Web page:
Pro Tour Amonkhet has come and gone which has me diving back into Magic’s Standard landscape as I prepare for upcoming events.
While the top 8 decklists consisted of Marvel, Zombies, and a lone Black-Green Energy deck, it is important to remember that the Pro Tour is a split format event. This means that there will be many players who finished with reasonable records in the ten rounds of Standard that did not make the top 8 cut due to their performance during the Limited rounds of the event.
Thankfully Wizards always posts all of the Standard decklists that get six or more match wins during the constructed portion of the Pro Tour. Combing through the lists, they primarily fell into one of three categories:
- Aetherworks Marvel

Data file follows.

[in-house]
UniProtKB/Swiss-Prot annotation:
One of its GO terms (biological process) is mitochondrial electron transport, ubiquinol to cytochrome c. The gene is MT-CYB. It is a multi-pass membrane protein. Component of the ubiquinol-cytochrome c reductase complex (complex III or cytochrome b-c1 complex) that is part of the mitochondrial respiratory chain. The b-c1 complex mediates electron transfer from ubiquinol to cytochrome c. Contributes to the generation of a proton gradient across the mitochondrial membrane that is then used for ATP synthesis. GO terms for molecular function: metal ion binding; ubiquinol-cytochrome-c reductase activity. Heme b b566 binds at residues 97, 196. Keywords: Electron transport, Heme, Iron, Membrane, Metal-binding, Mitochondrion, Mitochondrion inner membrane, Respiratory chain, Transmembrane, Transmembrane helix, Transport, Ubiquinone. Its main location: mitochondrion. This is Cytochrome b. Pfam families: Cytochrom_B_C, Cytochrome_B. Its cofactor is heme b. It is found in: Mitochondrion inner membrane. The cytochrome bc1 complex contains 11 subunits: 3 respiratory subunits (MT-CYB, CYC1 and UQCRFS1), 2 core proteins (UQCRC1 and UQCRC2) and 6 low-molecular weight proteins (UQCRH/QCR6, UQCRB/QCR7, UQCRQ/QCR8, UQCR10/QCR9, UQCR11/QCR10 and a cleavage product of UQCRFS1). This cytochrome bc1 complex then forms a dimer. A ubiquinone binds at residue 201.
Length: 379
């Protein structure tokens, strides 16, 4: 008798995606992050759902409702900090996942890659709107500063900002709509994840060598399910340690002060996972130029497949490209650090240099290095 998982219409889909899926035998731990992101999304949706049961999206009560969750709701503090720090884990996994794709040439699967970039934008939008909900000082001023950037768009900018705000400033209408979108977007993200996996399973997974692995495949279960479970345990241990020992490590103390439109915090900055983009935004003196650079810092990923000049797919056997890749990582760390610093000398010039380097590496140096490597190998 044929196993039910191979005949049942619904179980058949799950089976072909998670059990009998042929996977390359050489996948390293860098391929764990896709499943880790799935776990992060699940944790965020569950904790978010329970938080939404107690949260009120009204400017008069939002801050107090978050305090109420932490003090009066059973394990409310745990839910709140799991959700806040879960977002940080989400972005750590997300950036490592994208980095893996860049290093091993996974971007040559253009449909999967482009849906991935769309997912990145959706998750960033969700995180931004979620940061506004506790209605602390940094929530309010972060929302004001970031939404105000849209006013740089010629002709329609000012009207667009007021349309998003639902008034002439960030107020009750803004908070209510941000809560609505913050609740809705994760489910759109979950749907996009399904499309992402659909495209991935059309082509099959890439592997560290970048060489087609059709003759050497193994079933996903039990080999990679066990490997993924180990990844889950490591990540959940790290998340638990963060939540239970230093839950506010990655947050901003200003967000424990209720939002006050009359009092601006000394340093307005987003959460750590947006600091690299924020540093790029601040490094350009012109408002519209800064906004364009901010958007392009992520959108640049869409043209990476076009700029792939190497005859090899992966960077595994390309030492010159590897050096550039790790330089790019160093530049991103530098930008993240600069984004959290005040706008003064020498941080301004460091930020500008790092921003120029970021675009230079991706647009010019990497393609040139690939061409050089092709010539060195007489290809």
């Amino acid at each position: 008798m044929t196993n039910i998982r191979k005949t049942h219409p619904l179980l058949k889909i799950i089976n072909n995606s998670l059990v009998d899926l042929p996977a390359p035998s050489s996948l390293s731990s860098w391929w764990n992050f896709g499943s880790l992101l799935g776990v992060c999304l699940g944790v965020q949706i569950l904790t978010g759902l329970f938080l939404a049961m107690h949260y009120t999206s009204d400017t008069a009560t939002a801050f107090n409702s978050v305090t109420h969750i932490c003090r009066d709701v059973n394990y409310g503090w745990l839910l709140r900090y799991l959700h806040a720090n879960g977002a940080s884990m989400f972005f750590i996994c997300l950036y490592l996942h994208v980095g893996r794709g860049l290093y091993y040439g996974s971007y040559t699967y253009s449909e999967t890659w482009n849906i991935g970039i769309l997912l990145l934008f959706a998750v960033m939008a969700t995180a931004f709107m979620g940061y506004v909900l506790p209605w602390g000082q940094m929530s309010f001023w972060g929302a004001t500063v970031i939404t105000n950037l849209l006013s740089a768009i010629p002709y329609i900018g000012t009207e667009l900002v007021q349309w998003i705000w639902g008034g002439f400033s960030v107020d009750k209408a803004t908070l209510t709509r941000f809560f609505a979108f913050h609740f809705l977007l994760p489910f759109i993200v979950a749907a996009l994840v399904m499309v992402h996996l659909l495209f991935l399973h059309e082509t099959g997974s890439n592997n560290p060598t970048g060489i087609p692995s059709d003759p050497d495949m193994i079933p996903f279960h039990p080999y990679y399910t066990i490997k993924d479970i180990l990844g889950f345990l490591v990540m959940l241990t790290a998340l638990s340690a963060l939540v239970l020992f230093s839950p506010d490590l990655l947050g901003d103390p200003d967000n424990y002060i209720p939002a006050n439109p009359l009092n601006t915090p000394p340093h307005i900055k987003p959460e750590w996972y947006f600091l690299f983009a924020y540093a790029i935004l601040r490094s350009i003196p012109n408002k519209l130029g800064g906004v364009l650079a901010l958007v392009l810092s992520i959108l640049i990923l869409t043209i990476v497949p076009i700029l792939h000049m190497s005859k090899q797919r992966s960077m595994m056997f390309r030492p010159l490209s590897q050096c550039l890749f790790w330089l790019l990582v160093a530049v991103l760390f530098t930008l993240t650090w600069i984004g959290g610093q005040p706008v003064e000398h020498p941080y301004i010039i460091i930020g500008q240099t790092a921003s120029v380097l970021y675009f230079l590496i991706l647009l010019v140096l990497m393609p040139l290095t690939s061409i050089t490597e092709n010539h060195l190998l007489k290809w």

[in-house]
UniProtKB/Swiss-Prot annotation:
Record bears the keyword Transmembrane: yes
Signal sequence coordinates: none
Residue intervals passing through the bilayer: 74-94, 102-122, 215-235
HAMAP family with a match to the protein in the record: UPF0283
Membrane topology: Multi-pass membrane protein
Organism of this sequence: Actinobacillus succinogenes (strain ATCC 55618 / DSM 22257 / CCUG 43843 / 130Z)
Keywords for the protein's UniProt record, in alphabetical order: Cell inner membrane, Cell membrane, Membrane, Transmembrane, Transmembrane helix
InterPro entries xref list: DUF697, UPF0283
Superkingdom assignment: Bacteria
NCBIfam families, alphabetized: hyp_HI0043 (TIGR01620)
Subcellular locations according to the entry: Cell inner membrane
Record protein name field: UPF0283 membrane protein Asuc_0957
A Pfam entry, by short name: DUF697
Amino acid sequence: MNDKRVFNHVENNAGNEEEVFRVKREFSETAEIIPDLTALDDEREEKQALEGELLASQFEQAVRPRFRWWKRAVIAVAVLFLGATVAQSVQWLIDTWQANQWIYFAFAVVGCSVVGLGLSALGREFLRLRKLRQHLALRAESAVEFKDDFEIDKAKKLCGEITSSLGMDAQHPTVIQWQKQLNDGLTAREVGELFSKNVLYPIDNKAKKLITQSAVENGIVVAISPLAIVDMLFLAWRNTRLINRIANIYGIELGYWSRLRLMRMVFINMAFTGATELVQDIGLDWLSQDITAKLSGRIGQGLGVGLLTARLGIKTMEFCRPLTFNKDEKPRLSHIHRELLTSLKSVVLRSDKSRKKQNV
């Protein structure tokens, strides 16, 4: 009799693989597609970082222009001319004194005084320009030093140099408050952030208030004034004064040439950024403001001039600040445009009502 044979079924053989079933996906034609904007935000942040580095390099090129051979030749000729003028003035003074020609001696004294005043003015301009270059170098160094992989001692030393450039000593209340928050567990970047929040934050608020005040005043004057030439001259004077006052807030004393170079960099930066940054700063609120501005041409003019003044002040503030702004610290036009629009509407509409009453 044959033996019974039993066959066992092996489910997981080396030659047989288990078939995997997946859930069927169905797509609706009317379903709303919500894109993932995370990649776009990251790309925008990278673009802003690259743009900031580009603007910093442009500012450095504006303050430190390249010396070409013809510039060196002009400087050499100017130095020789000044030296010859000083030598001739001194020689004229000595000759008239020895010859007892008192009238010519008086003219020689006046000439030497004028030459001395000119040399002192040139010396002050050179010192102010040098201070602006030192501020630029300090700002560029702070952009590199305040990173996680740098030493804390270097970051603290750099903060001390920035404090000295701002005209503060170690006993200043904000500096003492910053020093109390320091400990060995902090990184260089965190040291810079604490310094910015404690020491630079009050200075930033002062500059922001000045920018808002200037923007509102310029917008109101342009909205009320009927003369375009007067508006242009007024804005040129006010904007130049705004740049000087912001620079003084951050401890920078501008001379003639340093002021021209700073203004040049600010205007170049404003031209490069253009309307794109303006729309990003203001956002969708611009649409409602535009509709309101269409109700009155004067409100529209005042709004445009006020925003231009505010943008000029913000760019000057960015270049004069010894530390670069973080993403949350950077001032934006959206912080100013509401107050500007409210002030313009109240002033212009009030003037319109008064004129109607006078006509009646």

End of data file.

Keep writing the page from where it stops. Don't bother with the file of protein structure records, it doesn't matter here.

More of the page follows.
- Mardu Vechicles
The Aetherworks Marvel decks were primarily Temur in color with some Sultai, Bant, and four-color sprinkled in. Zombies was split into mono Black and Black-White variations. Mardu Vehicles had some small details differ from list to list, but the cores of the decks were fairly similar. The most notable change was that Veteran Motorist is showing back up with less Walking Ballista in the format.
As someone who likes to attack formats a bit off the beaten path, I always like to pull out some of the more interesting lists that are present in the PT results. Today we are going to take a look at some of the lists that finished with seven or more constructed match wins that did not fit into one of the three most popular categories.
Peter Vieren – UR Control
This first decklist is one that is near and dear to my heart. Not only do I love durdly control decks, but Blue-Red control is an archetype I have played in Standard formats past. The cheap cycling cards really feel like they give this deck a huge leg in the new format.